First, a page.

Shiur #05: The Dispute Between Rabbi Akiva and the Sages - One who takes an oath that he will not eat, and he eats less than a Ke-zayit (Part I)
19b in the Mishna; 21b: "Shevu'a shelo okhal… shema mina"; 21b, Tosafot, s.v. heikhan matzinu be-okhel, heikhan matzina be-medaber; Rashi, 19b, s.v. be-medaber; Ri Migash 21b, s.v. matnitin (below); Mishneh le-Melekh, Hilkhot Shevu'ot 4:1, "Ve-da de-be-resh perek gimmel de-Shevuot… ve-divrei ha-Re'em tzerikhin talmud"; Yerushalmi, Shevuot 3:1, "Ma nan kayamin im be-omer… al da'ateih de-Rabbanan asurin."
Mishna: "I swear I shall not eat," and he ate a minute quantity, he is liable; these are the words of Rabbi Akiva. They [the Sages] said to Rabbi Akiva: Where do we find that he who eats a minute quantity is liable – This means: Regarding all prohibited foods in the Torah, one who eats them is only liable if he eats of them the size of an olive. And this person, once he swears about this loaf that he will not eat it, it becomes forbidden to him. This being the case, why should he become liable for it for a minute amount? He said to them: But where do we find that he who speaks brings an offering, that this one should bring an offering?
I. The Tannaitic dispute as a disagreement about how to interpret the oath-taker's intention
The first Mishna in the chapter records a Tannaitic dispute about the minimal measure that a person must eat in order to incur liability after having taken an oath: "I will not eat," without further specification:
"I swear I shall not eat," and he ate a minute quantity, he is liable; these are the words of Rabbi Akiva. They [the Sages] said to Rabbi Akiva: Where do we find that he who eats a minute quantity is liable, that this one should be liable? Rabbi Akiva said to them: But where do we find that he who speaks brings an offering, that this one should bring an offering?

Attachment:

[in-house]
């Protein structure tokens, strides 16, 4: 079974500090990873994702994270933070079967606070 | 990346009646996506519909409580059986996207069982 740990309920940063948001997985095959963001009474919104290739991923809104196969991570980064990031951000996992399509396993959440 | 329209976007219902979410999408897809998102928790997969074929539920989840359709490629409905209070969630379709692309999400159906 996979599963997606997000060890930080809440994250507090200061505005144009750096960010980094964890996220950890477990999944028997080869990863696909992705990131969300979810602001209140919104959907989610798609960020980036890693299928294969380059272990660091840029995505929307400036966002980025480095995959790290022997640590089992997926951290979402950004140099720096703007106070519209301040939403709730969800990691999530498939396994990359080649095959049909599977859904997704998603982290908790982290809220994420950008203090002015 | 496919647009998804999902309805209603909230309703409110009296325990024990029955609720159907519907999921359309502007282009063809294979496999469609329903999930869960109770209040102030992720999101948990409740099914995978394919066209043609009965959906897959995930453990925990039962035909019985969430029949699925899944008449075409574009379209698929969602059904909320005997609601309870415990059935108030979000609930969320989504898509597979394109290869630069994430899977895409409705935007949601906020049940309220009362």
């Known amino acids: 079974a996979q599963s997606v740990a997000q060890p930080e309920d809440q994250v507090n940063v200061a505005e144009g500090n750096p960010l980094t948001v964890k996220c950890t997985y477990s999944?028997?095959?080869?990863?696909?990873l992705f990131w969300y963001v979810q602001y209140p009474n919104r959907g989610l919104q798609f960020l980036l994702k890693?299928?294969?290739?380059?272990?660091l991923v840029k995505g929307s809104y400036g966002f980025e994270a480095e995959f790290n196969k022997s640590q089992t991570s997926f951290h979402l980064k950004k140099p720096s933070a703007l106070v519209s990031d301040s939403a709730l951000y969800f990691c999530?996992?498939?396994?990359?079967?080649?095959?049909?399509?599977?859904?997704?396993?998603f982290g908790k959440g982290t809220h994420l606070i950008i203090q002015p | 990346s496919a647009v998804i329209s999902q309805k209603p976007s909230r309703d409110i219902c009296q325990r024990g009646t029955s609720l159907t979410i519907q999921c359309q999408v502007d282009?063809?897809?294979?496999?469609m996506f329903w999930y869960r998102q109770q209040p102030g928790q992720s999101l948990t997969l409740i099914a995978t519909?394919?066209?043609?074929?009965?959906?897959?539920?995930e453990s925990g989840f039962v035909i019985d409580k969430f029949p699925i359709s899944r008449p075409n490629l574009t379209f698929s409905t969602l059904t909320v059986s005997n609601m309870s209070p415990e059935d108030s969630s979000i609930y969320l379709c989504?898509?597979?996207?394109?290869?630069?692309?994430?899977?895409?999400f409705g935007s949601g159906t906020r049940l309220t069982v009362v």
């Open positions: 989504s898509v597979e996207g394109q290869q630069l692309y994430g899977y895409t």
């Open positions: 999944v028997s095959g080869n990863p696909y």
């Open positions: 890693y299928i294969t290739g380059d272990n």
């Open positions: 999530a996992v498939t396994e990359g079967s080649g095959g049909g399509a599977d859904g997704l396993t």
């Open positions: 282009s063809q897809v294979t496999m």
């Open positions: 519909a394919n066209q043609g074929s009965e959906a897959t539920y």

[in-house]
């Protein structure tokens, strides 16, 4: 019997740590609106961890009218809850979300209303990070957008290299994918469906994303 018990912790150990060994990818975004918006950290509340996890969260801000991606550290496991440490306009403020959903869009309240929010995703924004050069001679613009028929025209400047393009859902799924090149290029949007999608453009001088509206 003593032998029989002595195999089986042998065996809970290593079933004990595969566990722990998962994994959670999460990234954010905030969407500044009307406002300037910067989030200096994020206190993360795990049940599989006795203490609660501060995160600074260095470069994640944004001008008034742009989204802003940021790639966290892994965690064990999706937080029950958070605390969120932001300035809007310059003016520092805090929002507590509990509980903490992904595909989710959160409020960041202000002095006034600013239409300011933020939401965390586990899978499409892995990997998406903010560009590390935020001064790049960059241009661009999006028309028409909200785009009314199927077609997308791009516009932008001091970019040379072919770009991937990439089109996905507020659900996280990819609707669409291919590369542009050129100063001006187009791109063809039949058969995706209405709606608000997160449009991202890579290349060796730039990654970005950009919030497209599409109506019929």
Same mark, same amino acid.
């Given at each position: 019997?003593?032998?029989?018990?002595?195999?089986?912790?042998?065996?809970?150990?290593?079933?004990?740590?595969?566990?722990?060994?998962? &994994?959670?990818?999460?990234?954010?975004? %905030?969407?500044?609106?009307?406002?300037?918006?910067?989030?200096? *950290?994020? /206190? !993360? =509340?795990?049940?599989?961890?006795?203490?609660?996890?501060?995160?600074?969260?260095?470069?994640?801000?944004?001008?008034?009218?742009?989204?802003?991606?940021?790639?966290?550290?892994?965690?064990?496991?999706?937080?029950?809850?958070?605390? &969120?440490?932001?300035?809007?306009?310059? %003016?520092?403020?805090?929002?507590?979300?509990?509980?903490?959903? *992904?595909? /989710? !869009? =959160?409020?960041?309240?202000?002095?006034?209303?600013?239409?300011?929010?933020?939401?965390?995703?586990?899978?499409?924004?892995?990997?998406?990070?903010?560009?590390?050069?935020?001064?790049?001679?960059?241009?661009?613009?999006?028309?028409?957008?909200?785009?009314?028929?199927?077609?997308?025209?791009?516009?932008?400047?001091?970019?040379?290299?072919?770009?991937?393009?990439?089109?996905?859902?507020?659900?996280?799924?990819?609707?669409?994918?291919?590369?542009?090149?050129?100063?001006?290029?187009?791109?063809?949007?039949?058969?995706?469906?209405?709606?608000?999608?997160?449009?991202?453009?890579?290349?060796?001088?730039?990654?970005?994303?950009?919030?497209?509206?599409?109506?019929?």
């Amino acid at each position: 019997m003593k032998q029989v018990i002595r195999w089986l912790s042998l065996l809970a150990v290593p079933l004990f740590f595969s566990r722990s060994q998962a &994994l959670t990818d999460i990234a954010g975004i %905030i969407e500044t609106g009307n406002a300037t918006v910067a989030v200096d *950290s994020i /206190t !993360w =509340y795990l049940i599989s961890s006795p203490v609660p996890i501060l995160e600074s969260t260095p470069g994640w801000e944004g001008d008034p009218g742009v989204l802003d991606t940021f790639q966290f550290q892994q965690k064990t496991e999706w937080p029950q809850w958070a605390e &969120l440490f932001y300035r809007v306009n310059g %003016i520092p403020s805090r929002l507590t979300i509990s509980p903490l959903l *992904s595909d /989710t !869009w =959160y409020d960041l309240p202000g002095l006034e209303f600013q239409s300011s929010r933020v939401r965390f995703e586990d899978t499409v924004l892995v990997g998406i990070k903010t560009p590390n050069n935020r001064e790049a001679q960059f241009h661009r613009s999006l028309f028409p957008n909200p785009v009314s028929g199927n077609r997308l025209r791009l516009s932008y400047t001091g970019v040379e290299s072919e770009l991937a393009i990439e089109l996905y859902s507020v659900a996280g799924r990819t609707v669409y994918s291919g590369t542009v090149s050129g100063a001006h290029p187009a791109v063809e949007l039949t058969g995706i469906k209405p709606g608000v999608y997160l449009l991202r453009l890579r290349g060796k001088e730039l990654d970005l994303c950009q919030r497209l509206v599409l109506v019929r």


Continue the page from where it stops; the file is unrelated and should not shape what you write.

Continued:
This dispute requires explanation. In the previous shiur we saw many sources relating to the question whether or not the Torah's definition of an act of chewing and swallowing as an act of eating depends on consuming the measure of an olive. It would seem, however, that those sources are irrelevant to our discussion, owing to the principle that regarding vows, we follow the language of ordinary people (a principle that the Rishonim assumed was valid regarding oaths as well). Therefore, the critical issue is not the Torah's dictionary, but the dictionary of the person taking the oath. We must therefore try to understand the issue about which these Tannaim disagree. So too we must try to understand the argument that each side puts forward to bolster its position.